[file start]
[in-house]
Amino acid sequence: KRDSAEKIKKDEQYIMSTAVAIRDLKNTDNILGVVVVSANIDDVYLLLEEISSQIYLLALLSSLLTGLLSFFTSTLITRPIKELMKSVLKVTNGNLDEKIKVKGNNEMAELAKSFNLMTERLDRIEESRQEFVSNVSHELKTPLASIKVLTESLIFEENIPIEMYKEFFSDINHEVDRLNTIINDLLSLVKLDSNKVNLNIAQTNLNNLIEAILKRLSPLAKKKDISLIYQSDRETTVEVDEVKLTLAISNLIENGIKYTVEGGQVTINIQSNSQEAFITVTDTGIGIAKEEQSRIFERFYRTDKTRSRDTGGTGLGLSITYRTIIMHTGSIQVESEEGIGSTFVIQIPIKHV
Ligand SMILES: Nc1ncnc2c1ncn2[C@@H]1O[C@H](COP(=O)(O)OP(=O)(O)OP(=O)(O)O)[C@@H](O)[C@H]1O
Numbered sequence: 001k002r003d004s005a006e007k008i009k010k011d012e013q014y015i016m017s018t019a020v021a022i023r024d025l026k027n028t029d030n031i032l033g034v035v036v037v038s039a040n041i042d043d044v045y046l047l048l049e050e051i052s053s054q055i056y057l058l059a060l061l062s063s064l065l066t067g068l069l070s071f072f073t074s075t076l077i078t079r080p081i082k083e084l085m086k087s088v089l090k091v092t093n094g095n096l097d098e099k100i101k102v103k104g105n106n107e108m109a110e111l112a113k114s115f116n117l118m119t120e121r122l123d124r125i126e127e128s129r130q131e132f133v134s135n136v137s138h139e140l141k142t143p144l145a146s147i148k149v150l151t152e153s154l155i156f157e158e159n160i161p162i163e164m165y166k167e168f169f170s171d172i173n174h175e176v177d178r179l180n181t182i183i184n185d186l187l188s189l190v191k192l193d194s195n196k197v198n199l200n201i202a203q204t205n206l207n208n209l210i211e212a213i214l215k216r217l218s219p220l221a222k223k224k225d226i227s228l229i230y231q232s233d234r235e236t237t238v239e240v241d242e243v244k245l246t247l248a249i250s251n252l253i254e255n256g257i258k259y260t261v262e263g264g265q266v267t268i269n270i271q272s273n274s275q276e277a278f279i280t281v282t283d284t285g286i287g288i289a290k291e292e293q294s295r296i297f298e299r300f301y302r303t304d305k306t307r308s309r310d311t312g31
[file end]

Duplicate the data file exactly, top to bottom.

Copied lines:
[in-house]
Amino acid sequence: KRDSAEKIKKDEQYIMSTAVAIRDLKNTDNILGVVVVSANIDDVYLLLEEISSQIYLLALLSSLLTGLLSFFTSTLITRPIKELMKSVLKVTNGNLDEKIKVKGNNEMAELAKSFNLMTERLDRIEESRQEFVSNVSHELKTPLASIKVLTESLIFEENIPIEMYKEFFSDINHEVDRLNTIINDLLSLVKLDSNKVNLNIAQTNLNNLIEAILKRLSPLAKKKDISLIYQSDRETTVEVDEVKLTLAISNLIENGIKYTVEGGQVTINIQSNSQEAFITVTDTGIGIAKEEQSRIFERFYRTDKTRSRDTGGTGLGLSITYRTIIMHTGSIQVESEEGIGSTFVIQIPIKHV
Ligand SMILES: Nc1ncnc2c1ncn2[C@@H]1O[C@H](COP(=O)(O)OP(=O)(O)OP(=O)(O)O)[C@@H](O)[C@H]1O
Numbered sequence: 001k002r003d004s005a006e007k008i009k010k011d012e013q014y015i016m017s018t019a020v021a022i023r024d025l026k027n028t029d030n031i032l033g034v035v036v037v038s039a040n041i042d043d044v045y046l047l048l049e050e051i052s053s054q055i056y057l058l059a060l061l062s063s064l065l066t067g068l069l070s071f072f073t074s075t076l077i078t079r080p081i082k083e084l085m086k087s088v089l090k091v092t093n094g095n096l097d098e099k100i101k102v103k104g105n106n107e108m109a110e111l112a113k114s115f116n117l118m119t120e121r122l123d124r125i126e127e128s129r130q131e132f133v134s135n136v137s138h139e140l141k142t143p144l145a146s147i148k149v150l151t152e153s154l155i156f157e158e159n160i161p162i163e164m165y166k167e168f169f170s171d172i173n174h175e176v177d178r179l180n181t182i183i184n185d186l187l188s189l190v191k192l193d194s195n196k197v198n199l200n201i202a203q204t205n206l207n208n209l210i211e212a213i214l215k216r217l218s219p220l221a222k223k224k225d226i227s228l229i230y231q232s233d234r235e236t237t238v239e240v241d242e243v244k245l246t247l248a249i250s251n252l253i254e255n256g257i258k259y260t261v262e263g264g265q266v267t268i269n270i271q272s273n274s275q276e277a278f279i280t281v282t283d284t285g286i287g288i289a290k291e292e293q294s295r296i297f298e299r300f301y302r303t304d305k306t307r308s309r310d311t312g31